Much of the country and indeed the world have felt the reverberations of the killing of George Floyd by the Minneapolis Police Department on May 25, 2020. Floyd’s death has brought new urgency to the effort to challenge anti-blackness not only in the form of state violence, but also as reflected in other kinds of both formal and unofficial institutional policy and practice. The educational system to which Indiana University and the Department of Anthropology belong is one of those institutions.
Letter from the DEI Committee Chair
In Spring 2020, the Department of Anthropology created the Diversity, Equity and Inclusion (DEI) Task Force as part of its efforts to address these concerns. The Task Force set the groundwork for the creation of the DEI Committee. In Summer 2020, at the height of the national conversation surrounding Floyd’s deaths and those of several other African-American men and women, the Department held an open forum between faculty members and the Black, Indigenous and People of Color (BIPOC) and other graduate students who have been especially strong drivers in addressing these concerns within the Department. The DEI Committee, composed of both faculty and graduate student members, formally began its work in Fall 2020 and declared, “Engaging in this urgent work of fighting anti-black racism fully on its own terms, the Committee also wishes to engage the diversity of experiences within the department, including Latinx, Indigenous, South Asian, Middle Eastern and Asian American, diversities of sexual orientation, nationality, class, age, and able-bodiedness, among others… The ultimate goal of Anthropology’s DEI Committee is to foster and put into sustained and meaningful practice a departmental culture of respect for diversity, equity and inclusion in their many registers.”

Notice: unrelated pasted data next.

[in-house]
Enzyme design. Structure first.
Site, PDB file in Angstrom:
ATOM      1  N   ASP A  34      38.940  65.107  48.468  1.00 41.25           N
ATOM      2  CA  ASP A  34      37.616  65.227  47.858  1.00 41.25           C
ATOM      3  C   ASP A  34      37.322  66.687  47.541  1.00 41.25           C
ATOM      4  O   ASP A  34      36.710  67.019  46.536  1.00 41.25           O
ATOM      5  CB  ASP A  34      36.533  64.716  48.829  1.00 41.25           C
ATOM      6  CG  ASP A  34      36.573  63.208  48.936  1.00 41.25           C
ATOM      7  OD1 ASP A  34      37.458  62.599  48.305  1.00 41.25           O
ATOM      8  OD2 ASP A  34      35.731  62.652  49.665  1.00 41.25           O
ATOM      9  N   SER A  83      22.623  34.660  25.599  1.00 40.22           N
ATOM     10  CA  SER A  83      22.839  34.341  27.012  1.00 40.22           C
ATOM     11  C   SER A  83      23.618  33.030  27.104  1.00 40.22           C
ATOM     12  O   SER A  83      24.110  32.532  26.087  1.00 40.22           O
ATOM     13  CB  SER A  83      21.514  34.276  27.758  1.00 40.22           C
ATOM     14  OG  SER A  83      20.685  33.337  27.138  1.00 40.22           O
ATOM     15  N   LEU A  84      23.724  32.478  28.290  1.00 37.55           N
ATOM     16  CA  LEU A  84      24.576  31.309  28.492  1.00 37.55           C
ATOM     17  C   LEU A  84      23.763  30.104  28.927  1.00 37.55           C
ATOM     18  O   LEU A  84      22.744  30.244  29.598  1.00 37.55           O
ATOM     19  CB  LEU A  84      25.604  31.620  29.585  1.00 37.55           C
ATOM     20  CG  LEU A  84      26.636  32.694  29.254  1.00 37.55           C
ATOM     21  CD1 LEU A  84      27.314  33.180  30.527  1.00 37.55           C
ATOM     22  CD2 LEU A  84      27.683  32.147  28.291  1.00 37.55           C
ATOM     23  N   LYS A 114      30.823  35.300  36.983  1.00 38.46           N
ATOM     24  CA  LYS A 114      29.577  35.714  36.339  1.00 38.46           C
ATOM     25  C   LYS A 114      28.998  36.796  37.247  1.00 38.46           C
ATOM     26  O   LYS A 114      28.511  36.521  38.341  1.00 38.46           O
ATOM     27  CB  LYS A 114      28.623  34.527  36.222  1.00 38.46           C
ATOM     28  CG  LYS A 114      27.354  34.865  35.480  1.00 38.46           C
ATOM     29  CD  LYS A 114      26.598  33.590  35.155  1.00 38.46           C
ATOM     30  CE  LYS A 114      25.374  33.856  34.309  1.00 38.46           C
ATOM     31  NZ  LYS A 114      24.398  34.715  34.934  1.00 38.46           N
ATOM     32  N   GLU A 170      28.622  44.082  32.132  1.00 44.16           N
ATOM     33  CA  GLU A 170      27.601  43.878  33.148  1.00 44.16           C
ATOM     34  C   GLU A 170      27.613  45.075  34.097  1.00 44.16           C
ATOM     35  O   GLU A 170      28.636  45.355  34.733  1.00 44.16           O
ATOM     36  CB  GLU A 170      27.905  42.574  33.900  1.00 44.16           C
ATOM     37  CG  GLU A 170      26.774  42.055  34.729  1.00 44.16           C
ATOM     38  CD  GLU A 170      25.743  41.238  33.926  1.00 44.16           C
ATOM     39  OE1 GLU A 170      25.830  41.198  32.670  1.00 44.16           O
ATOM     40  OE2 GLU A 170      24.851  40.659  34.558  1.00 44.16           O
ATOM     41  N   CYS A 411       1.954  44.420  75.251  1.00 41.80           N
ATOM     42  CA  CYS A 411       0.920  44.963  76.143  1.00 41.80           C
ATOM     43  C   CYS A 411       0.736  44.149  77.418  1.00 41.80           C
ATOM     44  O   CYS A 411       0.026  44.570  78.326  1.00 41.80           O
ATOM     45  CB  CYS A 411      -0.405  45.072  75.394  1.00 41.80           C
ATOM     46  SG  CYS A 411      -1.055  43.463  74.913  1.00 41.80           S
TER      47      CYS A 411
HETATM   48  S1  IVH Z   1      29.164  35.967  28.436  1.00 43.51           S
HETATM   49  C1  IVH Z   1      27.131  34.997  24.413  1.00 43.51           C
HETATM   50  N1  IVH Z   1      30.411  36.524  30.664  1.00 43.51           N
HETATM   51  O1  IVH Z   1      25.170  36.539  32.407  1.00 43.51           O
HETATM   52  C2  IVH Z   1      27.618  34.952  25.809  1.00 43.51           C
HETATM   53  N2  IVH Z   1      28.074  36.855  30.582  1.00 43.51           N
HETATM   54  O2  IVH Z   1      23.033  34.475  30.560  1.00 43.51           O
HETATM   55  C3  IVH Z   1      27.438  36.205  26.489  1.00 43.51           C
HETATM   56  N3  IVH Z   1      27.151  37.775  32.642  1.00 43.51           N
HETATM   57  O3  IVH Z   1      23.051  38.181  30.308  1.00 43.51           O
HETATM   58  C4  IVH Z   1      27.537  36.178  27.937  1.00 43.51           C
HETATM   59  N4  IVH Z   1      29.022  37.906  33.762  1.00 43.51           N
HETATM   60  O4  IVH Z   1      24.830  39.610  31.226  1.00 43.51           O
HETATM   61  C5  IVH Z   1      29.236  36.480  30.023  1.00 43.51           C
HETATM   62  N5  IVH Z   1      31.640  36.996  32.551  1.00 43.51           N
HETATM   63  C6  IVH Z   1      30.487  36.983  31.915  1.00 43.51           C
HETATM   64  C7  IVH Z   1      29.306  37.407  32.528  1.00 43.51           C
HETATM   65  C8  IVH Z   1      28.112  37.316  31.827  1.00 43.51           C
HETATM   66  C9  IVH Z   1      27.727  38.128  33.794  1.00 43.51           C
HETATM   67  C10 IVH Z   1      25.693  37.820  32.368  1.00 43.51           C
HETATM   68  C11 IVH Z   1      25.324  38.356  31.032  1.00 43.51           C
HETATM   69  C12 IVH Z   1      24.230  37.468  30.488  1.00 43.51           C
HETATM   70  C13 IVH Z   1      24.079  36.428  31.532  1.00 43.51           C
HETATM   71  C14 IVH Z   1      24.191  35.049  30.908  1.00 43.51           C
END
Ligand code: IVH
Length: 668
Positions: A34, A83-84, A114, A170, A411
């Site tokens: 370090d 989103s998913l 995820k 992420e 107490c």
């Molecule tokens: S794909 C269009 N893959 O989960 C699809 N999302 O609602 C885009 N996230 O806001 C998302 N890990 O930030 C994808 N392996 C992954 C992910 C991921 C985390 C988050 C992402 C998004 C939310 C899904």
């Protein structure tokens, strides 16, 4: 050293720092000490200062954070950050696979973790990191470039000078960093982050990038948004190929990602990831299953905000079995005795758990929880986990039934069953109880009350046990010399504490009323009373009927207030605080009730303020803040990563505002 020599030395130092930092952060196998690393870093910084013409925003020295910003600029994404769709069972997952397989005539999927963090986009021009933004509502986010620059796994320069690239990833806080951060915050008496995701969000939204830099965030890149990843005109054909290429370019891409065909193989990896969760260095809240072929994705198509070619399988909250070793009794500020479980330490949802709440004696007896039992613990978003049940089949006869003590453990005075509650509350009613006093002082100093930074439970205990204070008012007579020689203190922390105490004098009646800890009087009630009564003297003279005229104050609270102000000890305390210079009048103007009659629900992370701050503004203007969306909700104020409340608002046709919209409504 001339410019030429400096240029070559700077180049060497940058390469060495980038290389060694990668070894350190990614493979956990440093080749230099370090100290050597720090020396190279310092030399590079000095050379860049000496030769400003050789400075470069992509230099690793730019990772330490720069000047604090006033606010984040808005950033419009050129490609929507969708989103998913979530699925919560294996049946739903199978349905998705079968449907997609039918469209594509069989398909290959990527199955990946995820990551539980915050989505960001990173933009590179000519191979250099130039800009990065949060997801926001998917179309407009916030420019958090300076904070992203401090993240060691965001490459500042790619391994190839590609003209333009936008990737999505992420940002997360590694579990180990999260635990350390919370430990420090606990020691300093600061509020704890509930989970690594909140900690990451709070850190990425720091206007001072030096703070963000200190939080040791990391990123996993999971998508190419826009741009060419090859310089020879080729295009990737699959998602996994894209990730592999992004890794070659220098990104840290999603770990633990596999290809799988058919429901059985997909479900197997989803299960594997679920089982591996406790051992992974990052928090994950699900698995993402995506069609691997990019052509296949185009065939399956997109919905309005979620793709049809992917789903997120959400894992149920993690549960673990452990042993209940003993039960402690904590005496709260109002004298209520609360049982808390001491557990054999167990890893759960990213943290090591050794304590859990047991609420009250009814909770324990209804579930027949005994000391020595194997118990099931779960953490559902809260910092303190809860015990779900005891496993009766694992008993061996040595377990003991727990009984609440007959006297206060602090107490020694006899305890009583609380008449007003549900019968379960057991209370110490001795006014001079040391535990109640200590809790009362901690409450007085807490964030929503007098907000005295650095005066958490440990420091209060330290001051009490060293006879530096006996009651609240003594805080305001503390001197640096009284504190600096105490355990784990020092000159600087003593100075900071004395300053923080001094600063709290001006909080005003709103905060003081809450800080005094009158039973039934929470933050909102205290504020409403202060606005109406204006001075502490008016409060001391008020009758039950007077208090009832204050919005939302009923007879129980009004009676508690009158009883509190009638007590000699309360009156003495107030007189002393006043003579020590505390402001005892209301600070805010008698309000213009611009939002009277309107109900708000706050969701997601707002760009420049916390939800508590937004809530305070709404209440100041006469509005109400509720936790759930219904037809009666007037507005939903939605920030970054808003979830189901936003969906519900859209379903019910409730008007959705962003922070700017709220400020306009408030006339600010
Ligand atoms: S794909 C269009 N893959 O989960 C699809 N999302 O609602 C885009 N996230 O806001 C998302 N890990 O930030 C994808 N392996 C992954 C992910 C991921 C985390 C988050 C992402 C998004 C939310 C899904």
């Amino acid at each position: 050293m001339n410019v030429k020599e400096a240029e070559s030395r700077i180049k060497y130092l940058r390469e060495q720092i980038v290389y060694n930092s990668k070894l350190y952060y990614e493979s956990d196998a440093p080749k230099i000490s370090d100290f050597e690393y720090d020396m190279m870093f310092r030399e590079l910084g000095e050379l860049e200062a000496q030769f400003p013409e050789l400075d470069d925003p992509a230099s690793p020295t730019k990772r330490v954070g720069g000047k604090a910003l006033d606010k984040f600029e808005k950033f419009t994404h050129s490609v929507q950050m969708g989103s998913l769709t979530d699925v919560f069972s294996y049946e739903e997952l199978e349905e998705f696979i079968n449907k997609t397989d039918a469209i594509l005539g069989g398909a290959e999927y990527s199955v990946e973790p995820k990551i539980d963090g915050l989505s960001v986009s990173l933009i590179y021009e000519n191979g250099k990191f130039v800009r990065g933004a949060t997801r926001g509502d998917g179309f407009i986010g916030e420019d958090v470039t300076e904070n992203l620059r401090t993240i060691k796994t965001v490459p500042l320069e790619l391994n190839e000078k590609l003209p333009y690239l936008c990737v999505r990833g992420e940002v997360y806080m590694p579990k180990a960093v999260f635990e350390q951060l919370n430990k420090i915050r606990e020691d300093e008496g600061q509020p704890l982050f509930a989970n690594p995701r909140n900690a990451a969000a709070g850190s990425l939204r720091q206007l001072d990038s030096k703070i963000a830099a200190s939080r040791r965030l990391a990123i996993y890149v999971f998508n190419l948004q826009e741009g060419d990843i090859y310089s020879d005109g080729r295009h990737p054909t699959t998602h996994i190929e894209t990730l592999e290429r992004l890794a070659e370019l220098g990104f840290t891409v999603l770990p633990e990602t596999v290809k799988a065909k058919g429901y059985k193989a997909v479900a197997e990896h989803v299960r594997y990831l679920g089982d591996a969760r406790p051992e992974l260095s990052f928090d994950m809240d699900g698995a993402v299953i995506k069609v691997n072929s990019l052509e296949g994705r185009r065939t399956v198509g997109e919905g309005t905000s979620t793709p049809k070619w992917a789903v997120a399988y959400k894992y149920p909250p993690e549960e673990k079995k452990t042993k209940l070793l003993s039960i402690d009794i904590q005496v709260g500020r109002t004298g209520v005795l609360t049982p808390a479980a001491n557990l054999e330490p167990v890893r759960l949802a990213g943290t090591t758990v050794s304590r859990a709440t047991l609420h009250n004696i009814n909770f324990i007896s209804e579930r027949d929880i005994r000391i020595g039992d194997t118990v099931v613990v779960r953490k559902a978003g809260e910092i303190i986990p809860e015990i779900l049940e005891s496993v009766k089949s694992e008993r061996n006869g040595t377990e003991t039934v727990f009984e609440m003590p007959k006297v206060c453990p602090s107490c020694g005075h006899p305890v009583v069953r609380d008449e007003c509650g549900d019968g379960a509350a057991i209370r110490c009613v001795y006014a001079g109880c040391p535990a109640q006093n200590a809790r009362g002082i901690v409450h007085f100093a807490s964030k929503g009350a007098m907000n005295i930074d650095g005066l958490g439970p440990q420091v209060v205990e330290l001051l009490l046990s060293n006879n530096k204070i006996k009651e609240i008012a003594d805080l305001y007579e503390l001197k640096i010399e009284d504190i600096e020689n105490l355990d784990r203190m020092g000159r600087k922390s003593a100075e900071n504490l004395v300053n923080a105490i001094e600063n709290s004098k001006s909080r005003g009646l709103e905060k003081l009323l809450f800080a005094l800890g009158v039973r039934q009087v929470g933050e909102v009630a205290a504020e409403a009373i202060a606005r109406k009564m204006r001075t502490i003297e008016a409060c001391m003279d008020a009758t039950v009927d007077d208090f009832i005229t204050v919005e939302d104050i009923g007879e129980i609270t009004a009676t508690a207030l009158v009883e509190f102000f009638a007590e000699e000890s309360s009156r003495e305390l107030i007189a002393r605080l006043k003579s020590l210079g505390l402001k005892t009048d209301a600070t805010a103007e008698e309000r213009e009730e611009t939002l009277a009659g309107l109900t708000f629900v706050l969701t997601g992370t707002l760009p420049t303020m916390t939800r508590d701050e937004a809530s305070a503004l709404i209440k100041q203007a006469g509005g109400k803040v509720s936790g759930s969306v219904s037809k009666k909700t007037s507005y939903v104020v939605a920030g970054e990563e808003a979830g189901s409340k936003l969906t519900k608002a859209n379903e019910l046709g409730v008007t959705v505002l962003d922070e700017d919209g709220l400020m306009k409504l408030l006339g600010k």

In implementing this mandate, the Task Force and the Committee have created several initiatives. These include regular visits by BIPOC scholars to give talks and to conduct professionalization workshops specifically for BIPOC students in the Department. The Committee has invited individual faculty members to submit their syllabi for collective discussion on how they might be “decolonized” to more fully include the perspectives of BIPOC and other scholars often marginalized within the academy. It has organized a number of events on NAGPRA (Native American Graves Protection and Repatriation Act), the federal legislation on the disposition of indigenous American cultural and human remains at institutions, such as Indiana University, that receive federal funding. It has similarly organized an event on Title IX, a federal civil rights law protecting individuals in educational programs that receive federal funding from discrimination on the basis of sex. The committee also links its efforts to other relevant areas of departmental activity, such as hiring, admissions, mentorship, and curriculum planning.
In the spirit of its stated goal of fostering a sustained culture of diversity, equity and inclusion in the Department, the DEI Committee is committed to continuing these particular and other current initiatives over the long term. But as indicated by the tragic March 16, 2021 killings of eight residents of Atlanta, Georgia, including six Asian-American women, and as indicated by the many forms of social injustice that continue to afflict our society, campus and department, the DEI Committee also recognizes the evolving terms of its work in the months and years to come.